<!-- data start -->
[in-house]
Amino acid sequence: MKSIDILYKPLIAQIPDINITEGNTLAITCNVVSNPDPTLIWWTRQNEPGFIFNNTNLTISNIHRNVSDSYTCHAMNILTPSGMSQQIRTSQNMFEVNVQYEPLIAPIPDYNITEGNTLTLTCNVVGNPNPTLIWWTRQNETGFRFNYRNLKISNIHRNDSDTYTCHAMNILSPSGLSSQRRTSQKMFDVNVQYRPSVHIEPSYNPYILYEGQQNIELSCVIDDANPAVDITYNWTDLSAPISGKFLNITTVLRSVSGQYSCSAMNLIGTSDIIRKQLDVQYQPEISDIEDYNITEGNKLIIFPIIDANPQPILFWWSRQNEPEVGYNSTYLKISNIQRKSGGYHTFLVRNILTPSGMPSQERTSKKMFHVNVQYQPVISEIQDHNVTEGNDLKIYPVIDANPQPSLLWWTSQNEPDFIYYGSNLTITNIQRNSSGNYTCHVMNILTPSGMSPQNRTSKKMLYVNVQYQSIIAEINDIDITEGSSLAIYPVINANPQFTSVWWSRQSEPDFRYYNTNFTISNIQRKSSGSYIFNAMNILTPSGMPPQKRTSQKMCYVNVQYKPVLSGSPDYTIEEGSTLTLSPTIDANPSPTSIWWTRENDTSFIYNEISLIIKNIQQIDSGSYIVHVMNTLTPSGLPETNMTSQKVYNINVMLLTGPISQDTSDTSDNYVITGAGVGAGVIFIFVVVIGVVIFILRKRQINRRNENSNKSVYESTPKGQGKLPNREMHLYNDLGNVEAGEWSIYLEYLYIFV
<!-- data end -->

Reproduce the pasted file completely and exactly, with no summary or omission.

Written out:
[in-house]
Amino acid sequence: MKSIDILYKPLIAQIPDINITEGNTLAITCNVVSNPDPTLIWWTRQNEPGFIFNNTNLTISNIHRNVSDSYTCHAMNILTPSGMSQQIRTSQNMFEVNVQYEPLIAPIPDYNITEGNTLTLTCNVVGNPNPTLIWWTRQNETGFRFNYRNLKISNIHRNDSDTYTCHAMNILSPSGLSSQRRTSQKMFDVNVQYRPSVHIEPSYNPYILYEGQQNIELSCVIDDANPAVDITYNWTDLSAPISGKFLNITTVLRSVSGQYSCSAMNLIGTSDIIRKQLDVQYQPEISDIEDYNITEGNKLIIFPIIDANPQPILFWWSRQNEPEVGYNSTYLKISNIQRKSGGYHTFLVRNILTPSGMPSQERTSKKMFHVNVQYQPVISEIQDHNVTEGNDLKIYPVIDANPQPSLLWWTSQNEPDFIYYGSNLTITNIQRNSSGNYTCHVMNILTPSGMSPQNRTSKKMLYVNVQYQSIIAEINDIDITEGSSLAIYPVINANPQFTSVWWSRQSEPDFRYYNTNFTISNIQRKSSGSYIFNAMNILTPSGMPPQKRTSQKMCYVNVQYKPVLSGSPDYTIEEGSTLTLSPTIDANPSPTSIWWTRENDTSFIYNEISLIIKNIQQIDSGSYIVHVMNTLTPSGLPETNMTSQKVYNINVMLLTGPISQDTSDTSDNYVITGAGVGAGVIFIFVVVIGVVIFILRKRQINRRNENSNKSVYESTPKGQGKLPNREMHLYNDLGNVEAGEWSIYLEYLYIFV